The ultimate way to do Mapillary

I have done a lot of experimentation on capturing photos on foot and bicycle, and I blive I have found the ultimate way:
A spherical camera on a pole attached to a backpack.

Pros:

  • Shows all angles - you never know what people are looking for.
  • Your body provides just about the best provides shock absorber when biking. No more blur from vibrations.
  • Decent cameras are priced lower than a single GoPro.
  • No need to aim at any specific point.
  • No need to keep the pole completely straight - most cameras measure the tilt in all directions and embed EXIF tags that allows Mapillary to compensate (Mapillary will fix this: https://github.com/mapillary/mapillary_issues/issues/2009)
  • The camera will see a lot more than a camera mounted straight on a bike.
  • Will work with any spherical camera.

Cons:

  • Camera resolution is not as good as even a decent cell phone. Remember you will only be looking at a fraction of the image, but expects full resolution.
  • The image is heavily processed just for viewing, which requires additional high pixel count to give a good image.
  • You will always be in the picture, but you can limit it a lot.
  • The camera can only make one exposure but have to cover many directions. Lit clouds in the sky may affect the exposure when it would not otherwise.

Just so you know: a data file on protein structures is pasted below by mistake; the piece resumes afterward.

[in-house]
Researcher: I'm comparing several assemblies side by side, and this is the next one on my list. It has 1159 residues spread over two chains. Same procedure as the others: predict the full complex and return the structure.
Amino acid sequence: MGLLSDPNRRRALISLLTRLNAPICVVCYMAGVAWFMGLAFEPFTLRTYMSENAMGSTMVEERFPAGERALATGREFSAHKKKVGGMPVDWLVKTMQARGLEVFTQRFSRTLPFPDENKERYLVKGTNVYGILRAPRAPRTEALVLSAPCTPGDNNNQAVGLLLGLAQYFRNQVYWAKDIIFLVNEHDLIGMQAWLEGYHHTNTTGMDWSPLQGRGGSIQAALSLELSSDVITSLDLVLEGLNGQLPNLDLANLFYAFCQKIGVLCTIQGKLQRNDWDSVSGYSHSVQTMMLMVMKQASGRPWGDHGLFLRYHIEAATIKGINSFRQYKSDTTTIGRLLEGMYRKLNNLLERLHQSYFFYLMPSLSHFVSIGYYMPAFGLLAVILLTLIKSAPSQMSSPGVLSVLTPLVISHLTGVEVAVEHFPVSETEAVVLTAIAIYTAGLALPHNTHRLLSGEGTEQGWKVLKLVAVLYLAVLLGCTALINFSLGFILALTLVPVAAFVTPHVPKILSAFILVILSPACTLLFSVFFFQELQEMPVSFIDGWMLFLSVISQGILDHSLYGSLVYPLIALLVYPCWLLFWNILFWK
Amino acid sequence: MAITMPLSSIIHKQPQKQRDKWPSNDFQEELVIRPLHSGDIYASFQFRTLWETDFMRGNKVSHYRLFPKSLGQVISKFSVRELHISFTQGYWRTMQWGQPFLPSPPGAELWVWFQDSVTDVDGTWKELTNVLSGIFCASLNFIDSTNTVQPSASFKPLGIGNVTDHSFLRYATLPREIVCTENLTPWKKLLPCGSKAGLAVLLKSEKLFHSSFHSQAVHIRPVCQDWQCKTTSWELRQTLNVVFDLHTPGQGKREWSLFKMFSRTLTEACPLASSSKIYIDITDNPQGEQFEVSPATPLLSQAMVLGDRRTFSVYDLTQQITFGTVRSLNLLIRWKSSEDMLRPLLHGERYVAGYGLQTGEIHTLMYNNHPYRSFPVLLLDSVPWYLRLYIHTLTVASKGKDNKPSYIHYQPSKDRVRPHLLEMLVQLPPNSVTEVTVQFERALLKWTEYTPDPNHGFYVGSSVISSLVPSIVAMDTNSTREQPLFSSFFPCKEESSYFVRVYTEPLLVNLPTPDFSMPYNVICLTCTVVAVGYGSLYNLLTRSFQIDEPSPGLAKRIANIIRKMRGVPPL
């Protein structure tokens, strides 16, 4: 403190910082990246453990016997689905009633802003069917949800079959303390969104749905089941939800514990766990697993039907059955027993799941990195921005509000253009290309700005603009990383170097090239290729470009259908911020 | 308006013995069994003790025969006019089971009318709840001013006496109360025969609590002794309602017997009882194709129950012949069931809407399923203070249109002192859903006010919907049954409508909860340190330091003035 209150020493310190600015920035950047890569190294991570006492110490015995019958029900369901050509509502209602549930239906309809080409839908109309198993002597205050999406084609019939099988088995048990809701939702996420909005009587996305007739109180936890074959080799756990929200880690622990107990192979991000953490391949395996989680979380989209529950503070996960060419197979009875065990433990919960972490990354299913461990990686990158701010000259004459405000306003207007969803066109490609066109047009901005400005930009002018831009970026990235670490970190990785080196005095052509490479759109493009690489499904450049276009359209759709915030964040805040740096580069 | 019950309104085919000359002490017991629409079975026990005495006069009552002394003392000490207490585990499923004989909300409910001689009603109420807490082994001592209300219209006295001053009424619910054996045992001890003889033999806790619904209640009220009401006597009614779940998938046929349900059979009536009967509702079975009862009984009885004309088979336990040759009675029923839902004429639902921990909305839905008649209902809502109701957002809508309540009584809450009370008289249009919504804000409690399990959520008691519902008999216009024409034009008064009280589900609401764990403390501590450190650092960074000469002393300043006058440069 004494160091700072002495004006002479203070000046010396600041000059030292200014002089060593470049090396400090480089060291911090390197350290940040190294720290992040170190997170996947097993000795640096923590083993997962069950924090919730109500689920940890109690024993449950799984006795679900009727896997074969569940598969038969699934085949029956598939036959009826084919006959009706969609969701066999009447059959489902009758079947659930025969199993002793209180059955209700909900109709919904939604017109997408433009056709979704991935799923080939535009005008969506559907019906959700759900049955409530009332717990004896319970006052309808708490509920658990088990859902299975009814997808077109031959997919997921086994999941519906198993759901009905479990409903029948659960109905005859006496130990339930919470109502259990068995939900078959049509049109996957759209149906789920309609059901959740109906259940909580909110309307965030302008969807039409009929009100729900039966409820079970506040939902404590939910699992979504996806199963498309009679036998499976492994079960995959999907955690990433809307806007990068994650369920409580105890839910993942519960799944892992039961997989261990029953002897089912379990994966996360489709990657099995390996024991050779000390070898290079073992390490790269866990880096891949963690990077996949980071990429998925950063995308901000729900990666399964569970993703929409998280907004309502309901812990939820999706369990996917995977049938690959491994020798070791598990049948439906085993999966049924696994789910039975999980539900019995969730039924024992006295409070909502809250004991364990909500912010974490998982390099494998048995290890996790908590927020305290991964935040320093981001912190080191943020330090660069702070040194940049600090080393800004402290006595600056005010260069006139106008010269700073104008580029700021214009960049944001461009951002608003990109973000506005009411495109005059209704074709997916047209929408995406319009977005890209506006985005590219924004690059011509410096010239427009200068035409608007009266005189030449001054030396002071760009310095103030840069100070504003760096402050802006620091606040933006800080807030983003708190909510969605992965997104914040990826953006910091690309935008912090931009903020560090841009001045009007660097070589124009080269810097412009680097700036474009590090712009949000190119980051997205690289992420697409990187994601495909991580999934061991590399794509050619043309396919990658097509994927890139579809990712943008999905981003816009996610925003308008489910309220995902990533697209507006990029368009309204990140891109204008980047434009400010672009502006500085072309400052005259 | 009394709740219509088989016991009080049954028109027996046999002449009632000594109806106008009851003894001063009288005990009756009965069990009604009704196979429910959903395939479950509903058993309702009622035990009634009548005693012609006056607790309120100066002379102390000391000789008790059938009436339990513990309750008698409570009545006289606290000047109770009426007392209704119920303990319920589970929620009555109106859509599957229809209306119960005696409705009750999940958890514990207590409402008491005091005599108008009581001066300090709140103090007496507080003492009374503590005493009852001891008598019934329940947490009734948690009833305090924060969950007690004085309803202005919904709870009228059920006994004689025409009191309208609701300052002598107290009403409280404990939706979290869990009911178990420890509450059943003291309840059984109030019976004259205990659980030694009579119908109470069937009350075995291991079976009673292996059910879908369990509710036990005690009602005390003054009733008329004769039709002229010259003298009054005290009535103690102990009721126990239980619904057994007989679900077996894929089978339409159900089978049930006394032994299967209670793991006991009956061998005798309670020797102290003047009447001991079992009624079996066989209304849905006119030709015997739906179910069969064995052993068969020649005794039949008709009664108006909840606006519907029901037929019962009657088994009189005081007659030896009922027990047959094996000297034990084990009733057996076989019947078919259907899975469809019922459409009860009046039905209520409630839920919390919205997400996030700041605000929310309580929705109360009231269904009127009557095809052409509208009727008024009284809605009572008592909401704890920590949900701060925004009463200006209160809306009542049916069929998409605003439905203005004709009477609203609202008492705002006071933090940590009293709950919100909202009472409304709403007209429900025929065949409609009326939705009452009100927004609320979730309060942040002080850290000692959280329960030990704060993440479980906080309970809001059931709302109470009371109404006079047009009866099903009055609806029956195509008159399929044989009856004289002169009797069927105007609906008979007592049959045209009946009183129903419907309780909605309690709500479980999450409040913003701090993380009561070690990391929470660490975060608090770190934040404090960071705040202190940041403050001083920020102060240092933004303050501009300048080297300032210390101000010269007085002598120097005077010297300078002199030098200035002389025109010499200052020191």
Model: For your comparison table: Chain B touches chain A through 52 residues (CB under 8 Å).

• Some cameras have visible artifacts where images are stitched (such as LG and Samsung).
  • The cameras does not last as long on a single charge - a power bank is needed for significant sequences.
  • Will kill your Mapillary stats, as you only need 1 camera.
  • Requires quite a significant mount for use on cars.

My Ricoh Theta S mounted on a cheap lighting stand, from which I have removed the legs. It extends from 67 cm to 120 cm and is very light weight. The camera is mounted on a cheap ball head from dx.com (probably http://www.dx.com/p/aluminum-alloy-hot-shoe-to-1-4-male-screw-w-ball-head-black-146322) - I removed a mounting plate so there is just enough space for a micro USB connector, so the camera can be charged during operation.

How the camera is mounted in my backpack. Nothing special, just put into a pocket and attached to the handle. It is never straight when I use it, but the camera records the tilt and saves it to EXIF. Mapillary have promised to use that for corrections. There is software that will recompress the images with correction for that tilt, but I try to avoid an extra compression of already compressed images.
Note: It often helps to have something in the backpack, to keep the pole more straight.

Example on bicycle: https://www.mapillary.com/app/user/tryl?lat=56.13014722222222&lng=10.02766388888889&z=17&pKey=nS2Sl-mnrdghX9UgllK9Ug&focus=photo
Example on foot: https://www.mapillary.com/app/user/tryl?lat=55.38536944444444&lng=10.451280555555554&z=17&pKey=7zvI4jmLNldE4LVwvfbX4A&focus=photo
Example on foot but hand held: https://www.mapillary.com/app/user/tryl?lat=55.36056111111111&lng=10.360430555555554&z=17&pKey=TC4aKzhIMtOxGbMXrbAySg&focus=photo
Note: Mapillary have not yet implemented tilt correction!

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Thanks a lot for that writeup! When the consumer-grade 360 cameras get just a little better than the current state, this will be really awesome.

I had similar experiences from the Faroe Islands, will write the technical details in a blog shortly.

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